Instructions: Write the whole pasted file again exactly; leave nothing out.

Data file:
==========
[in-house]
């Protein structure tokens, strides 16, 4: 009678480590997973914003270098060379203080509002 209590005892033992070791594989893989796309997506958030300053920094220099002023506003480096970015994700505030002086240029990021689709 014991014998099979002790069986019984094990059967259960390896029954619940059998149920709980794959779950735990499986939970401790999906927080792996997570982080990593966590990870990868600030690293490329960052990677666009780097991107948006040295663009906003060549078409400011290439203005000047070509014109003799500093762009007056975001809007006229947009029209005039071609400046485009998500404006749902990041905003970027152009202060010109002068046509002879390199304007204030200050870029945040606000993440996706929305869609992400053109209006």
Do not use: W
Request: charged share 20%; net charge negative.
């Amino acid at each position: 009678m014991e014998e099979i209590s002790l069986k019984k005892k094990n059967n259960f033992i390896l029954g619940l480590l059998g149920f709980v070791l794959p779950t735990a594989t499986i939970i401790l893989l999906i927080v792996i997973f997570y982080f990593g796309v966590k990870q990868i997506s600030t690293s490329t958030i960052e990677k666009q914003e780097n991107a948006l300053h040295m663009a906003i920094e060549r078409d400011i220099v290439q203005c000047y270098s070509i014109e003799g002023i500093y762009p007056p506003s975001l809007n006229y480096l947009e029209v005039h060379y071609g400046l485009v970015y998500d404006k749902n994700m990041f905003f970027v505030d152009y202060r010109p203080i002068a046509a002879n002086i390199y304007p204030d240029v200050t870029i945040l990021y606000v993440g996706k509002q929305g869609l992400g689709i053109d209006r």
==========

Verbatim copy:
[in-house]
């Protein structure tokens, strides 16, 4: 009678480590997973914003270098060379203080509002 209590005892033992070791594989893989796309997506958030300053920094220099002023506003480096970015994700505030002086240029990021689709 014991014998099979002790069986019984094990059967259960390896029954619940059998149920709980794959779950735990499986939970401790999906927080792996997570982080990593966590990870990868600030690293490329960052990677666009780097991107948006040295663009906003060549078409400011290439203005000047070509014109003799500093762009007056975001809007006229947009029209005039071609400046485009998500404006749902990041905003970027152009202060010109002068046509002879390199304007204030200050870029945040606000993440996706929305869609992400053109209006």
Do not use: W
Request: charged share 20%; net charge negative.
């Amino acid at each position: 009678m014991e014998e099979i209590s002790l069986k019984k005892k094990n059967n259960f033992i390896l029954g619940l480590l059998g149920f709980v070791l794959p779950t735990a594989t499986i939970i401790l893989l999906i927080v792996i997973f997570y982080f990593g796309v966590k990870q990868i997506s600030t690293s490329t958030i960052e990677k666009q914003e780097n991107a948006l300053h040295m663009a906003i920094e060549r078409d400011i220099v290439q203005c000047y270098s070509i014109e003799g002023i500093y762009p007056p506003s975001l809007n006229y480096l947009e029209v005039h060379y071609g400046l485009v970015y998500d404006k749902n994700m990041f905003f970027v505030d152009y202060r010109p203080i002068a046509a002879n002086i390199y304007p204030d240029v200050t870029i945040l990021y606000v993440g996706k509002q929305g869609l992400g689709i053109d209006r």